(don't know that particular route, I assume from the grade that it's slightly bold but safe?)
Michael Gordon - on 05 Sep 2013
In reply to johncoxmysteriously:

It seemed to me more or less 5b from start to finish! Felt more like E2.
GrahamD - on 05 Sep 2013
In reply to johncoxmysteriously:

> I don't get this about Mincer. It's a very ordinary grit HVS, the same standard as a hundred others.

Just a bit less refined and a bit more thuggy than most.
The Ivanator - on 06 Sep 2013
In reply to Ciderslider: I guess I'm at a similar point with my leading to you - think I've just about cracked VS, still picking my HVSes carefully, but have managed double figures of onsight leads at HVS this year for the first time, along with a couple of slabby E1s and an E2 headpoint.
My feeling about the HVS/E1 transition is that HVS commonly seems to be the hardest grade that still seeks to follow natural weaknesses, whereas E1 often seems to be the first grade that intentionally seeks difficulty/blanker sections. Of course there are many exceptions. But where this is true I think it leads to lots of strenuous cracks and corners at HVS and many more technical wall climbs at E1. Possibly the wall climbing style more commonly found in the E grades equates more closely with crimping on indoor walls, so the notion that E1 is often more straightforward than HVS has emerged. Conversely the strenuous bridging and jamming found on many HVSes feels hard to many climbers because it is alien to the indoor experience, forgotten arts...
1poundSOCKS - on 06 Sep 2013
In reply to The Ivanator: I guess that makes sense of a few guidebook descriptions I've read of an HVS as being harder than the E1 next door, or vice versa.
Andy Nisbet - on 06 Sep 2013
In reply to Ciderslider:

There was a period when by tradition well protected 5b's got HVS and poorly protected 5b's got E2. So there weren't many E1's. I haven't looked to see if that still applies. Another factor in Scotland is when Scottish VS was being eliminated, hard routes were given HVS as the top grade, and some probably still remain, with guidebook writers not wanting to change unless they are sure. All this leaves (or use to leave) some undergraded HVS's, hence the wide range. I've always assumed the grades were supposed to be equal difficulty width.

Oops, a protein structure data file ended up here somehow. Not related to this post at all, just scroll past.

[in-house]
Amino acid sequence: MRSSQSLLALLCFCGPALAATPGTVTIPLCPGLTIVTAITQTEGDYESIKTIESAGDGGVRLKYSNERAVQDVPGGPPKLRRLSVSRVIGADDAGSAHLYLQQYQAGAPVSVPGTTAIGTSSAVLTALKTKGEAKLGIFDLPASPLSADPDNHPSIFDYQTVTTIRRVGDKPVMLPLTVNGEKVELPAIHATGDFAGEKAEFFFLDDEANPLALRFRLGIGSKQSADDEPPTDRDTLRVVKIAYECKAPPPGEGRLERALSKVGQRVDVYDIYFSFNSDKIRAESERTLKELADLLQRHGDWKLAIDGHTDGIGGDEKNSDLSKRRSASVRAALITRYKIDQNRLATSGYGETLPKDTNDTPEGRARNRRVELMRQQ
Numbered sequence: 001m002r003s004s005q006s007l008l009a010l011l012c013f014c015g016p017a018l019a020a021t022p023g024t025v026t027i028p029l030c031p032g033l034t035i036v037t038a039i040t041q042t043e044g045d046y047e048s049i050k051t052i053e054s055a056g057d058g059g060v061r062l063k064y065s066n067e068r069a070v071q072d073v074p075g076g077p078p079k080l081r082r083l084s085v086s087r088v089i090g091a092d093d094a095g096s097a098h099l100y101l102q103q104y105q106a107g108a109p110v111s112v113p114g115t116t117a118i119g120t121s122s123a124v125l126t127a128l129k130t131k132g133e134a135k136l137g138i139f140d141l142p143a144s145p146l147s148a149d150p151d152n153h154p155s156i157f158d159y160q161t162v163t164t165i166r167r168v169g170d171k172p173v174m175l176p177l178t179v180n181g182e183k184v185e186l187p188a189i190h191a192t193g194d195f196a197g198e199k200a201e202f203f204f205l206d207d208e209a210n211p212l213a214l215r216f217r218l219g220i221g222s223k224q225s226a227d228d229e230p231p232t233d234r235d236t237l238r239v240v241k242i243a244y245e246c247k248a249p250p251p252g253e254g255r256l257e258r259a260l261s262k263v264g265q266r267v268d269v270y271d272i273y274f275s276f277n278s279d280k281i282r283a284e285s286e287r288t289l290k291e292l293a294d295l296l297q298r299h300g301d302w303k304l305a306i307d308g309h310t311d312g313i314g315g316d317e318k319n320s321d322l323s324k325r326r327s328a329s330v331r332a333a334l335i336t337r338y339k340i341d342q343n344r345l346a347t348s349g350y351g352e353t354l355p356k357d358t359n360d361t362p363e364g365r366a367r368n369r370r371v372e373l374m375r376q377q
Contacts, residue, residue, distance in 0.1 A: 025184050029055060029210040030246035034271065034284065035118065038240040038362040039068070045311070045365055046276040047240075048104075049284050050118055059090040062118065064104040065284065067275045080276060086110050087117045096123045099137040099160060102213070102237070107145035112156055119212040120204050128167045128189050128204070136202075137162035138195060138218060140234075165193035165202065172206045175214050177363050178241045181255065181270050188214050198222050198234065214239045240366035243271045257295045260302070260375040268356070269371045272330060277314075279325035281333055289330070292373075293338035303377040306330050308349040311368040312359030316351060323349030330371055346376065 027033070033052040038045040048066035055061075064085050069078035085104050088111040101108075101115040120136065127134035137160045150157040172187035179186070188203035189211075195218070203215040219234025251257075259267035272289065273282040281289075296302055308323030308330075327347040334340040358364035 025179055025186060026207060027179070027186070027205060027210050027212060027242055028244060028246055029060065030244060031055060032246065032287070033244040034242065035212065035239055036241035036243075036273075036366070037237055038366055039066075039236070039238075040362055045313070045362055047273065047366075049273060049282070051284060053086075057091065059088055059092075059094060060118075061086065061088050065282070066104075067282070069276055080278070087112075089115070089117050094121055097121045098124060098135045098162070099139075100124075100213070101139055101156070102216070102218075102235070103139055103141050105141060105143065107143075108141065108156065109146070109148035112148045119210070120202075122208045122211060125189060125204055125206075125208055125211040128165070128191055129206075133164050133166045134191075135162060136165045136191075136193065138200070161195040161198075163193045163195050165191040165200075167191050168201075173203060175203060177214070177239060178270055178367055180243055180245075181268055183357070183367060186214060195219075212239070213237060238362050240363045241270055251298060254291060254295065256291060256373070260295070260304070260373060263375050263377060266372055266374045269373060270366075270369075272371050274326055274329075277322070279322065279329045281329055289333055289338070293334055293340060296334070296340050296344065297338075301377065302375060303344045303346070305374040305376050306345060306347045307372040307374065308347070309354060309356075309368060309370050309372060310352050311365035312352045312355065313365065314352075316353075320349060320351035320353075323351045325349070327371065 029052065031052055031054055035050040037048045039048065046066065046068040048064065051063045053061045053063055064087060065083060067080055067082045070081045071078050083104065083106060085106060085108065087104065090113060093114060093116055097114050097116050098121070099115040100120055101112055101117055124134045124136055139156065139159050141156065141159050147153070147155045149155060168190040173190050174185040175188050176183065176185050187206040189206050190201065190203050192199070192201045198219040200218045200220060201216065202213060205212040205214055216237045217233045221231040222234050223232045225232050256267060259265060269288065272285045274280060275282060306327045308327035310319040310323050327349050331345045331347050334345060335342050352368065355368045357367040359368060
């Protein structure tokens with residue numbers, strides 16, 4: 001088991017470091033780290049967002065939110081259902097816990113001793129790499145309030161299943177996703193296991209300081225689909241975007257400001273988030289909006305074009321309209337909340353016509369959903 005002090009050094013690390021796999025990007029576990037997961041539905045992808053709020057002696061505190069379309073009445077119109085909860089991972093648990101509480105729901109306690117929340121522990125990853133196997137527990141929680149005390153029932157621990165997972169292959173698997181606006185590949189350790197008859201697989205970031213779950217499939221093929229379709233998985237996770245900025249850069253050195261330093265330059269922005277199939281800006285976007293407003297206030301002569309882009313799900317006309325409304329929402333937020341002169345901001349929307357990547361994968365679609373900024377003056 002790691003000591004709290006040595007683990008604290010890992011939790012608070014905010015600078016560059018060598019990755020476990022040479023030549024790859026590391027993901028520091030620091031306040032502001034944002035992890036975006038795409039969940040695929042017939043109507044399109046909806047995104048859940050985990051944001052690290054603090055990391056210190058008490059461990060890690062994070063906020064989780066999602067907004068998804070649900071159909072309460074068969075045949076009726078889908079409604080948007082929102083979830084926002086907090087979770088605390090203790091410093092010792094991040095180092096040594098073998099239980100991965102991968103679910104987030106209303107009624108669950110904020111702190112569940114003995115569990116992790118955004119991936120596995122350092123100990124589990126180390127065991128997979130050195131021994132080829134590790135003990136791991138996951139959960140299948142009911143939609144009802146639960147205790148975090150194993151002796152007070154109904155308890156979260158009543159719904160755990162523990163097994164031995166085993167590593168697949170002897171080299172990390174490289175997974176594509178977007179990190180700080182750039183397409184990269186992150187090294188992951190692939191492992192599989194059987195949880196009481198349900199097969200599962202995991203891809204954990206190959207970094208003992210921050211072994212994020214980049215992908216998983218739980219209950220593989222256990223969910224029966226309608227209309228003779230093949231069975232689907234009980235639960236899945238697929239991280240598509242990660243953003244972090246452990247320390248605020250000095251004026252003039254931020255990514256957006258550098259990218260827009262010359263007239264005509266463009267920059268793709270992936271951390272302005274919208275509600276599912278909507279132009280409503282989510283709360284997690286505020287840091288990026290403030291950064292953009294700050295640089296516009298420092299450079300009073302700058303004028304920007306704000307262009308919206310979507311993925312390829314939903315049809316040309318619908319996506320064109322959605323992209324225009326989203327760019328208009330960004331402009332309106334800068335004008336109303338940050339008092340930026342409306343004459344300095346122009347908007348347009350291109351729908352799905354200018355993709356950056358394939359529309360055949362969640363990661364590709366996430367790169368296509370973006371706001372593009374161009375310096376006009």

Skyfall - on 06 Sep 2013
In reply to Ciderslider:

I would agree with the likes of Offwidth that you are being quite gritcentric in your examples.

I would agree that there is an element of HVS being a bit of a tough grade but I think this could be for a number of reasons. For a long time ie. pre E grades, anything "hard" was VS or HVS and so there were some real sandbags. However, that should have been ironed out by now to a very large extent (and is in my experience, other than in Scotland...). Also, my personal view is that VS is where you go to "real" climbing, proper moves in exposed positions. HVS takes that on a step and so it does feel like a big jump. Once you've got to HVS, E1 then seems to fall more easily. Having said that, I would agree that HVS does seem to have some awkward routes in.

However, go to N Wales and try things like Merlin Direct and Scratch Arete at Tremadog. They're quite soft but HVS and get you going. Then try Mescach and the Fang. Now you're into proper HVS and approaching E1 with the Fang. Having said that, none of them are sandbags and all of them eminently do'able.